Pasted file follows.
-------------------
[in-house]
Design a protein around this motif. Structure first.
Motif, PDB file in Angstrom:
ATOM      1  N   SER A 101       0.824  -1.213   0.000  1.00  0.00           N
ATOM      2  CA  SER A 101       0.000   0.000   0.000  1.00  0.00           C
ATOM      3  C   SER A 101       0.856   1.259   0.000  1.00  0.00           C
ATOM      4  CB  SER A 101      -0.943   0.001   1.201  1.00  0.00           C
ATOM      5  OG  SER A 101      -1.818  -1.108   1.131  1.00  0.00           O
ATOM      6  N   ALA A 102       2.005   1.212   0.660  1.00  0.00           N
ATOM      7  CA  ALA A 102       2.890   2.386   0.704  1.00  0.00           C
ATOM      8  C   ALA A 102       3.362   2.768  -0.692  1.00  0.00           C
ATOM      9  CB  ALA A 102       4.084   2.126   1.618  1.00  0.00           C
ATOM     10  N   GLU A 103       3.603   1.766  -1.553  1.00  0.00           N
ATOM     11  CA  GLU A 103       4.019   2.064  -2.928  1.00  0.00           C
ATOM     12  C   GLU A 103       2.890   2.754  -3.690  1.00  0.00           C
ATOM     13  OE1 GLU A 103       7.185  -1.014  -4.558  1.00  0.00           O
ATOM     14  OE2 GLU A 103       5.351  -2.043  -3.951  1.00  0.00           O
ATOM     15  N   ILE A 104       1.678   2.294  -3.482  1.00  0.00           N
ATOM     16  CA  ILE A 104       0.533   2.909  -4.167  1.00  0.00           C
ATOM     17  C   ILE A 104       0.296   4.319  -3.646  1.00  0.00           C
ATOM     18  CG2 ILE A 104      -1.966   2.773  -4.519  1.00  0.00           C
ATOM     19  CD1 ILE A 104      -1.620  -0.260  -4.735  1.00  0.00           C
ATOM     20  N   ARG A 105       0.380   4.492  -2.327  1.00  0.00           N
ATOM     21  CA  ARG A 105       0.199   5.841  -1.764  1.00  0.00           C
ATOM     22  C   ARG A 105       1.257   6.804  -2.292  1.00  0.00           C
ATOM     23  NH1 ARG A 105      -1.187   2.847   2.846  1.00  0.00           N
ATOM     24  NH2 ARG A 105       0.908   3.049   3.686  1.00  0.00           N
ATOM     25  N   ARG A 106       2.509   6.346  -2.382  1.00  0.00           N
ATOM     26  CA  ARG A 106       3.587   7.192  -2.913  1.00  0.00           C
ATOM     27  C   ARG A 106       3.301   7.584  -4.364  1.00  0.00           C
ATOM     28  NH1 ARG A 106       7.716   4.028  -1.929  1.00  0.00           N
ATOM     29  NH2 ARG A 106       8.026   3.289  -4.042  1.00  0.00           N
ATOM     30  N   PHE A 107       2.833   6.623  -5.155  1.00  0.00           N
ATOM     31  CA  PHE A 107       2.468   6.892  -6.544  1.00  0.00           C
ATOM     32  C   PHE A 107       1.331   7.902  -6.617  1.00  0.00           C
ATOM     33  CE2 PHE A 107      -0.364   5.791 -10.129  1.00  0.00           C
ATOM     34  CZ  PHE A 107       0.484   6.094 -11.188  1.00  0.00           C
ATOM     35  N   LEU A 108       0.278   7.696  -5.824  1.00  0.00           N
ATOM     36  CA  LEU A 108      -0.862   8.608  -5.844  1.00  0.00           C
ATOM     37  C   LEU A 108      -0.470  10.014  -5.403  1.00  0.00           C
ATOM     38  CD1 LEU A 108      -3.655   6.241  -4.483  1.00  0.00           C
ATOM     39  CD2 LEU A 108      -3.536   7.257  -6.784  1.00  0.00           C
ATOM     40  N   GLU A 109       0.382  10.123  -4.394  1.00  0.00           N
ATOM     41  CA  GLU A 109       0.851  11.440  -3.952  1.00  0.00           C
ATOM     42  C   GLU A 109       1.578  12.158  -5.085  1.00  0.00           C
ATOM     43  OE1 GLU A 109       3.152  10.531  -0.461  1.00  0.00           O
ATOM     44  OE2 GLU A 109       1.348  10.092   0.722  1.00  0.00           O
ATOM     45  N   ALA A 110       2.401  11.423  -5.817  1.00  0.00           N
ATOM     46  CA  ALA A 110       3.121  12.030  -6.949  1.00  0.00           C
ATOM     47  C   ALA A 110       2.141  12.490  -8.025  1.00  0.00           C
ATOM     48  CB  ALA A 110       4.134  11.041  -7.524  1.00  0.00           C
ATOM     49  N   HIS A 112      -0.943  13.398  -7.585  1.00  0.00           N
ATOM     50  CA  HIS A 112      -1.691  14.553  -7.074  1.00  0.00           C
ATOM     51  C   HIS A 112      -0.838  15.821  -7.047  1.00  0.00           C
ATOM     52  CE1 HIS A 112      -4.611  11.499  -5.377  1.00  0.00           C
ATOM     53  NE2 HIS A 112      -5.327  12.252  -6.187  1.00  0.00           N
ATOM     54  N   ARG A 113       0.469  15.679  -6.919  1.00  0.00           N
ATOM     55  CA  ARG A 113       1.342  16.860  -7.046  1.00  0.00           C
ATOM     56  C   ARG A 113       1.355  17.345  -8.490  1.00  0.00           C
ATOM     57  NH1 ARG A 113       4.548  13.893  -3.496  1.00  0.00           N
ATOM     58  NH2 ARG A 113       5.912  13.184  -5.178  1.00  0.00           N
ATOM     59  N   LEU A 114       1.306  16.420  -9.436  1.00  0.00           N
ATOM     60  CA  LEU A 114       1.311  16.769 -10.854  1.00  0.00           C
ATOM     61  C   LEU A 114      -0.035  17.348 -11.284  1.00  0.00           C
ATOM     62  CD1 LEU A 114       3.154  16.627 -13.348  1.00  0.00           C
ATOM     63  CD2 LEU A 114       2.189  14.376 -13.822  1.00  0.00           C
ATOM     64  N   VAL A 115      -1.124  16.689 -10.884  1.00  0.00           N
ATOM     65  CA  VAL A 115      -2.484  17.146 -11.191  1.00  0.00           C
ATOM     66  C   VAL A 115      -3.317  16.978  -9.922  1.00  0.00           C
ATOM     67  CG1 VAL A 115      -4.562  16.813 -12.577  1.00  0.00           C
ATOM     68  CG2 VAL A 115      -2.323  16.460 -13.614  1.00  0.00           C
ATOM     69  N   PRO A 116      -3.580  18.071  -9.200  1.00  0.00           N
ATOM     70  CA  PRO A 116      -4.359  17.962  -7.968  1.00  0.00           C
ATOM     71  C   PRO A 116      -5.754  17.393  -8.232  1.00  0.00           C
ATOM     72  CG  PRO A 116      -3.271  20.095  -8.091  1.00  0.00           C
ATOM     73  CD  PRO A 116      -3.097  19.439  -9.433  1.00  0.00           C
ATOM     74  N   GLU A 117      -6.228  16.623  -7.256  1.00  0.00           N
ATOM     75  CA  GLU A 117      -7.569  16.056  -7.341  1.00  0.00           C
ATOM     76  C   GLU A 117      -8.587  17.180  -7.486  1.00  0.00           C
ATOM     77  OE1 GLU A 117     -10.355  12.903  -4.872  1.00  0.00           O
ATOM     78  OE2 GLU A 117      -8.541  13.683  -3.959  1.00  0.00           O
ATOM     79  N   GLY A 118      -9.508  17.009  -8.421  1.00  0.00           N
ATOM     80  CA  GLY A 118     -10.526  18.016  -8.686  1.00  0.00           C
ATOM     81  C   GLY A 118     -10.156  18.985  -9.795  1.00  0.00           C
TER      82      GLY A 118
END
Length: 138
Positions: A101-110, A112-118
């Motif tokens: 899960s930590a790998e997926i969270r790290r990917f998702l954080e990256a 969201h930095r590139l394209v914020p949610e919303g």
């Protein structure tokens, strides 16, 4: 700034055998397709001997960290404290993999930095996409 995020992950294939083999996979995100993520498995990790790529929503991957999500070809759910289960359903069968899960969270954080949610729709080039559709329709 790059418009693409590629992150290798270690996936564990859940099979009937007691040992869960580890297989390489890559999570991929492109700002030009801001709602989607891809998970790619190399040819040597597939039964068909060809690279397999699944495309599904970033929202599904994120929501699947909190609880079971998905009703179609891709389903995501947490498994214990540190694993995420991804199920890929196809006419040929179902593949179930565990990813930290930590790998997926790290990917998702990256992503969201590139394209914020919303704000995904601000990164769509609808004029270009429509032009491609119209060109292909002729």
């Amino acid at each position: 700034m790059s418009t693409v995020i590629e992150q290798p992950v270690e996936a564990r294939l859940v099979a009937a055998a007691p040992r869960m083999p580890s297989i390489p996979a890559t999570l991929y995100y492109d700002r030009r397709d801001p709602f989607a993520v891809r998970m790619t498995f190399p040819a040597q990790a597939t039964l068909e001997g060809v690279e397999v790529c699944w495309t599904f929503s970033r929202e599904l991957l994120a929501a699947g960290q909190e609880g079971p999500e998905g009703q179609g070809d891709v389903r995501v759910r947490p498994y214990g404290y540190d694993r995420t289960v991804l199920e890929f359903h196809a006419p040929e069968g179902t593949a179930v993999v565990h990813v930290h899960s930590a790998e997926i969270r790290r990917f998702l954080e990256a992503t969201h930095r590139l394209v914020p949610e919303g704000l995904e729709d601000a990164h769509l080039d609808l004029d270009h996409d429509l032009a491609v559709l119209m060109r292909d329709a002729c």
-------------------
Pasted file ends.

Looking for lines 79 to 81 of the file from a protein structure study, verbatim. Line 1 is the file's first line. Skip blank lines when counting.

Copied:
ATOM     76  C   GLU A 117      -8.587  17.180  -7.486  1.00  0.00           C
ATOM     77  OE1 GLU A 117     -10.355  12.903  -4.872  1.00  0.00           O
ATOM     78  OE2 GLU A 117      -8.541  13.683  -3.959  1.00  0.00           O